This LP already (dubiously) benefits from my (dubious) endorsement on the strength of its aquatic preoccupations alone. At last! In Kelpe's third full-length I have something my own fish (Shakira and The Queen, who enjoy nothing more than shoving their snouts about in the cracks between their rock and all the blue gravel looking for mouldy flakes) would enjoy listening to, if they had the attention span and taste to fully appreciate it. The cover is a frightening and detailed evocation of underwater chaos, its many rendered faces a delightful hint at the multi-faceted nature of the music it fronts. Ex-Aquarium opens with a bizarre monologue over a cloudy soundscape, but soon lazes into a groove on 'Whirlwound', which happens to be a masterclass in subtle expansion. Brashly invasive drums mask the invention within, a shawl to be gradually dragged off with every repeated listen.
'Skylla' similarly urges you to hang on to one aspect (in this case the parping synths) until you're brave to poke your head around under the surface and realise that, by the end, there are about six different melodic hooks and funny squelches fighting for your attention. The danger there is that it might become cluttered, but the elements are so individually simple and riff-based that it never becomes too cerebral. This is a constant worry, but luckily our man Kelpe has done an excellent job of keeping it approachable and layered in a good way. Tricks like the seemingly near-omnipresence of the sound of a ping pong ball bouncing of the bat ties it all together, like those ballsy drumbeats and the murkily powerful synths. Threads run cleverly in and out of each song, you'll discover them without really realising and then they'll crop up when you least expect. This is meant as a compliment, but this record is almost seamless when put on repeat play.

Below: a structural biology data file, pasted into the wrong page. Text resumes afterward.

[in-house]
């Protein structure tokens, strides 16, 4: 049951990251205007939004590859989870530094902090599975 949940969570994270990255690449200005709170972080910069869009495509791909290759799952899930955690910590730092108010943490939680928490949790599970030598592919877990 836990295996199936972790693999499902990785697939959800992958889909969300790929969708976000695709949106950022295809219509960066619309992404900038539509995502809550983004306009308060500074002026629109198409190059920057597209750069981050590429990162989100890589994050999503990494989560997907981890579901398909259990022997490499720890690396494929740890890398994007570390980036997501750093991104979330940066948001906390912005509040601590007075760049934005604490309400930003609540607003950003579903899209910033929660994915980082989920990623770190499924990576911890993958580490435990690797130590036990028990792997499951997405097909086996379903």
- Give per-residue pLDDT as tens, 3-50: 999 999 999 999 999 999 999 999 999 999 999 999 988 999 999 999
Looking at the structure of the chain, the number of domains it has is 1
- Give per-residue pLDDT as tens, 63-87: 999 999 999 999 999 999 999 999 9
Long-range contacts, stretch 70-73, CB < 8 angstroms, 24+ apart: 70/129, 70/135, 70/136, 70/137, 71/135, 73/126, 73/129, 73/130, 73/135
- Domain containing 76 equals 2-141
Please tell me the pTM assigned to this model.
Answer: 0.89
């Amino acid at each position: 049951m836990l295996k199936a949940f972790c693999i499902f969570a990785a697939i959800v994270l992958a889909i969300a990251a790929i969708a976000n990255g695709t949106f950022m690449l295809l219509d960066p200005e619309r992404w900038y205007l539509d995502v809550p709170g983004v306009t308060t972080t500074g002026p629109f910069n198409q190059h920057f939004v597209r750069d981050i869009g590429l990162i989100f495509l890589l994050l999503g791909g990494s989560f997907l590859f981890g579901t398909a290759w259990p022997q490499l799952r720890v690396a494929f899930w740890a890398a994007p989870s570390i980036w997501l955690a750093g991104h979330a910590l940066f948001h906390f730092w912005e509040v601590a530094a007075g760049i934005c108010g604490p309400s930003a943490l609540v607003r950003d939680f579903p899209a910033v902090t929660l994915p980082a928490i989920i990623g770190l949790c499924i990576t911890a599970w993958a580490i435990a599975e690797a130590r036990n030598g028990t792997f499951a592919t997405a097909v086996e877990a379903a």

For a record that only speaks through sample and monologue, it tells you an awful lot. Comparable to the avian fixation of Cornelius on his Point LP, Kelpe's thematic obsession is a worthy one, and one that doesn't ever wear thin across the hour's duration. But then again, I'm a biased fish-loving freak. Shakira and The Queen don't actually show a great deal of difference in their behaviour when Ex-Aquarium is on, but if they were a little brighter they might conclude also that Kelpe has crafted an immersive (HAHA!), labyrinthine web of simplicity that rewards excellently with repeated listens.
8Daniel Ross's Score